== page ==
Wednesday, December 30, 2009

New York's water supply

The water comes from a system of 19 reservoirs and three lakes in upstate New York -- some flowing to the city from as far as 125 miles away. Most of the supply is protected and filtered by the natural processes of upstate ecosystems. It dissolves natural minerals while traveling over land or through the ground. One advantage of the system is that 95% of the total water supply is supplied by gravity.

It is, after all, one of the nation's healthiest water supplies -- so fresh that in 2007 the Environmental Protection Agency said it did not need filtration. New York pizza and bagel makers have long credited local water as a special baking ingredient. It goes down soft, without hints of tart-tasting minerals or chlorine like other public water systems.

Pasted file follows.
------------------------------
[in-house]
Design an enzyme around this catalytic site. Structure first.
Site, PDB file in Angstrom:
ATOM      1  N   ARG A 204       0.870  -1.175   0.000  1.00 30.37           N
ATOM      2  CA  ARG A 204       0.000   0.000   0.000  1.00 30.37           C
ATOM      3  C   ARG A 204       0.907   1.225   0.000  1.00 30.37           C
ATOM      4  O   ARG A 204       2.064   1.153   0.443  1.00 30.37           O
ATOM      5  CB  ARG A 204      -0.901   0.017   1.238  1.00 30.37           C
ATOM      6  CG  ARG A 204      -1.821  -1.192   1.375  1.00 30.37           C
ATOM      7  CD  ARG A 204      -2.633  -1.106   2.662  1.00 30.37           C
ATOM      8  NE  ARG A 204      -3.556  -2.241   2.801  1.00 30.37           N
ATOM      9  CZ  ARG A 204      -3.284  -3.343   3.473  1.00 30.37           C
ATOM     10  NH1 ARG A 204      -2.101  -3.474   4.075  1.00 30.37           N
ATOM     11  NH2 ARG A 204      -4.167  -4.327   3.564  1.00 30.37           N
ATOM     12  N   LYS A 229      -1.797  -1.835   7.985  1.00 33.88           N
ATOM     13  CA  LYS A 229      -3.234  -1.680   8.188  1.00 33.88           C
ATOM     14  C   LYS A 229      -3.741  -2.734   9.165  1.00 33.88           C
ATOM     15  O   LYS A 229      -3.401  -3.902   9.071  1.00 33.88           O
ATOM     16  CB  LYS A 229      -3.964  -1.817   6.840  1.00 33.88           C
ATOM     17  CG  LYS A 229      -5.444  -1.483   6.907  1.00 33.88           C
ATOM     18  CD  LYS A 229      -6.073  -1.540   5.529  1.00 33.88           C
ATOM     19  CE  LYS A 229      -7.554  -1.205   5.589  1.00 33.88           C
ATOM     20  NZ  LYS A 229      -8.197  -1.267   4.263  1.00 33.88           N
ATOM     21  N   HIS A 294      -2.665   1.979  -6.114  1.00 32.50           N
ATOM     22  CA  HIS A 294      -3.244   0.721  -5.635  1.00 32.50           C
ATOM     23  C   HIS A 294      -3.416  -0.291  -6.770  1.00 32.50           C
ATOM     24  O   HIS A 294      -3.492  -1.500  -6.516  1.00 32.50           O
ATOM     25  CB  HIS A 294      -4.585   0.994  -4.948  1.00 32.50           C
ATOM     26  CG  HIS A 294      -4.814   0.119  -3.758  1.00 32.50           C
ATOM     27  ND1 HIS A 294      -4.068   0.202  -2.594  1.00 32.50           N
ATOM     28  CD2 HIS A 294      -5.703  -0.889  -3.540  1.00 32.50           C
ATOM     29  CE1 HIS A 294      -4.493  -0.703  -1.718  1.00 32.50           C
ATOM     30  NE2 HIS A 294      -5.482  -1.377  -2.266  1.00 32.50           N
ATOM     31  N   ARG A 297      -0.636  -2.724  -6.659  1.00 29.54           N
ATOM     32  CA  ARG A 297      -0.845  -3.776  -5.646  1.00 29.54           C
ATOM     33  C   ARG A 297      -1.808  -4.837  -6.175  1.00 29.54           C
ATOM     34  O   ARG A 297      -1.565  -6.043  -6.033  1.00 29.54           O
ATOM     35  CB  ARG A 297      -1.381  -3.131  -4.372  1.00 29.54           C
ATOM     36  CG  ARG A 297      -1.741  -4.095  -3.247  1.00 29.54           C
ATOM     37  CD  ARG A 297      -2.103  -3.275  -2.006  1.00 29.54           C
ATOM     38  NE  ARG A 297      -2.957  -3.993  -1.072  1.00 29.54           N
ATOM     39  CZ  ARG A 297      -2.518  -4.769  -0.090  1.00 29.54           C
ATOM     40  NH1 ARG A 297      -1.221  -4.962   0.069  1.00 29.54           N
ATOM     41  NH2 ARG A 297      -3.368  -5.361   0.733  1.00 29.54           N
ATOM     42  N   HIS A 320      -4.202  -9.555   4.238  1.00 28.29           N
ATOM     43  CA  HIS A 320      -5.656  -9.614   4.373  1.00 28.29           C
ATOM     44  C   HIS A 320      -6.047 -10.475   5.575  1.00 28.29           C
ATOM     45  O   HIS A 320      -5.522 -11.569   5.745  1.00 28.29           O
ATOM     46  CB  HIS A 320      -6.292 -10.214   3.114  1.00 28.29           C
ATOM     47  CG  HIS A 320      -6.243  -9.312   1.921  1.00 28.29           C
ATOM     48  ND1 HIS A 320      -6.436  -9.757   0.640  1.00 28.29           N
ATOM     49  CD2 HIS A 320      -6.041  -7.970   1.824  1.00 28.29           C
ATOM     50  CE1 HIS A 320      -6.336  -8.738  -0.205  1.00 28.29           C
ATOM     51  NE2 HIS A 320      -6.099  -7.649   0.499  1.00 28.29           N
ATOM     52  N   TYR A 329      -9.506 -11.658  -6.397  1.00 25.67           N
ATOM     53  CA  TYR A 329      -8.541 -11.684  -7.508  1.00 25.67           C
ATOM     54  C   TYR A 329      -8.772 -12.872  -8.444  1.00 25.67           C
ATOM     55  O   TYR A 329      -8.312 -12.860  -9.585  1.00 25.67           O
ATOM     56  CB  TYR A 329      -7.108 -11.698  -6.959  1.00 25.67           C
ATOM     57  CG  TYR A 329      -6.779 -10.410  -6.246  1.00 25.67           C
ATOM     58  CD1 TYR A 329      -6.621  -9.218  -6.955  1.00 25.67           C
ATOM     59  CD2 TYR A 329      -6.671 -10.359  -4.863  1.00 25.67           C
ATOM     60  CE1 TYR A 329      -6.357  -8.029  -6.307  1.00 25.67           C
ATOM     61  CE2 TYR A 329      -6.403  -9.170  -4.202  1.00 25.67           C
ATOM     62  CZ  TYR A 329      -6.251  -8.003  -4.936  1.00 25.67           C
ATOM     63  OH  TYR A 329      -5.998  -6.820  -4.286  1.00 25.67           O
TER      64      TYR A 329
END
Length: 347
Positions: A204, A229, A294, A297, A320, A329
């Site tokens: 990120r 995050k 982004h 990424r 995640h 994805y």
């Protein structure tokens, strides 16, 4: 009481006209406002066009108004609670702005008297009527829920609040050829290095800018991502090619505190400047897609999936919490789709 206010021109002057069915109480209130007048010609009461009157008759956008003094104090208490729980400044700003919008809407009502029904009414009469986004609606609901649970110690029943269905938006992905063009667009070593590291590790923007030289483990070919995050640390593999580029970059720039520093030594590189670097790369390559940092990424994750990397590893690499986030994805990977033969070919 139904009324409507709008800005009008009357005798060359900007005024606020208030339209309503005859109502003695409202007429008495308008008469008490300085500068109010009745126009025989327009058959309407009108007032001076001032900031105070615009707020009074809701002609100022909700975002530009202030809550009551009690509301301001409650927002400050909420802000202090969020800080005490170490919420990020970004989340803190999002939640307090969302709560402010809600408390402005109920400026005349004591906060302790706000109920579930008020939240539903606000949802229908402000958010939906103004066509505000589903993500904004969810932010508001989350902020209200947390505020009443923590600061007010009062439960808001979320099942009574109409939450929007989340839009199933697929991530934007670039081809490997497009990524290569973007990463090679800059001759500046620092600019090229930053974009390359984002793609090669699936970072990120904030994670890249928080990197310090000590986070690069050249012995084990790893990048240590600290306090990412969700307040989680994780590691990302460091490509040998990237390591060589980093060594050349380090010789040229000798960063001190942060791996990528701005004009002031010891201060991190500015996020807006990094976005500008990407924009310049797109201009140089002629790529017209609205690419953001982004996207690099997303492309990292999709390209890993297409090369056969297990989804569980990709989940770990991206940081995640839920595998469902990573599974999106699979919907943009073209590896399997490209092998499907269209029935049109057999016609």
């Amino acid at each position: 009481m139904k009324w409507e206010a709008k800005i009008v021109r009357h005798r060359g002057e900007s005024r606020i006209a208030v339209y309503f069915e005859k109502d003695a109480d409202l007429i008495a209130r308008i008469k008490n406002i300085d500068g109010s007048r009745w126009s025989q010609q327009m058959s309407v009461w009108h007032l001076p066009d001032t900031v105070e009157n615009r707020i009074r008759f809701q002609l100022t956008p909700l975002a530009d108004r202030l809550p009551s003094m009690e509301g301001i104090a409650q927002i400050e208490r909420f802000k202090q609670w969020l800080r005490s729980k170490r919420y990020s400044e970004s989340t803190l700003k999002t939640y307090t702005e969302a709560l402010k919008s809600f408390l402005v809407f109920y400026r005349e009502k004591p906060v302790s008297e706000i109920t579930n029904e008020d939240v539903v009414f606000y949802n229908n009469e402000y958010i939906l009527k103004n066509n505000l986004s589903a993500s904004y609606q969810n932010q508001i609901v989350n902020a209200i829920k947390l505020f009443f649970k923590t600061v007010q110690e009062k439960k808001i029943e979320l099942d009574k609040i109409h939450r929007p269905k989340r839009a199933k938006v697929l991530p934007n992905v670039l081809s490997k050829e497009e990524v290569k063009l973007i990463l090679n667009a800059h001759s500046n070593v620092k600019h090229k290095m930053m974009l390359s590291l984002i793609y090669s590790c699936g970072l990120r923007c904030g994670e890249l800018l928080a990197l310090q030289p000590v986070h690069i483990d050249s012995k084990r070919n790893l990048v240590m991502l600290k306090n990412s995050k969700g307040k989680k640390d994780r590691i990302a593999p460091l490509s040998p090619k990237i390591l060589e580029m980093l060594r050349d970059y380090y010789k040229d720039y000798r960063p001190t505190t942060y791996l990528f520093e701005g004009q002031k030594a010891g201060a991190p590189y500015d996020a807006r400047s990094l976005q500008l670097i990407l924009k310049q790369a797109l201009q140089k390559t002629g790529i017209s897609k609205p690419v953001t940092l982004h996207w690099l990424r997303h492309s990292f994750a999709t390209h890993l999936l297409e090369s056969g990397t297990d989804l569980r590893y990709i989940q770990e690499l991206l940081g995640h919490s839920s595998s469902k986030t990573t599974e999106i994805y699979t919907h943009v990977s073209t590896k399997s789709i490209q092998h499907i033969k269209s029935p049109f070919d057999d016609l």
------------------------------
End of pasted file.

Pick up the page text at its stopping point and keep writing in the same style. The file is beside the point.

• The Croton system, the oldest and smallest, sits in Westchester and Putnam Counties.
  • The Catskill system, built decades later, is significantly larger than the Croton. In the early years of the 20th century, the city and state designated thousands of acres of land in the eastern Catskill Mountains to build two reservoirs that more than doubled the city's capacity.
  • In the 1950s and 1960s, the city expanded its water system again, tapping the east and west branches of the Delaware River, as well as other tributaries of the Delaware and Hudson rivers to create the newest and largest of its three systems, the Delaware system, which provides around half of the city's water supply.[2]

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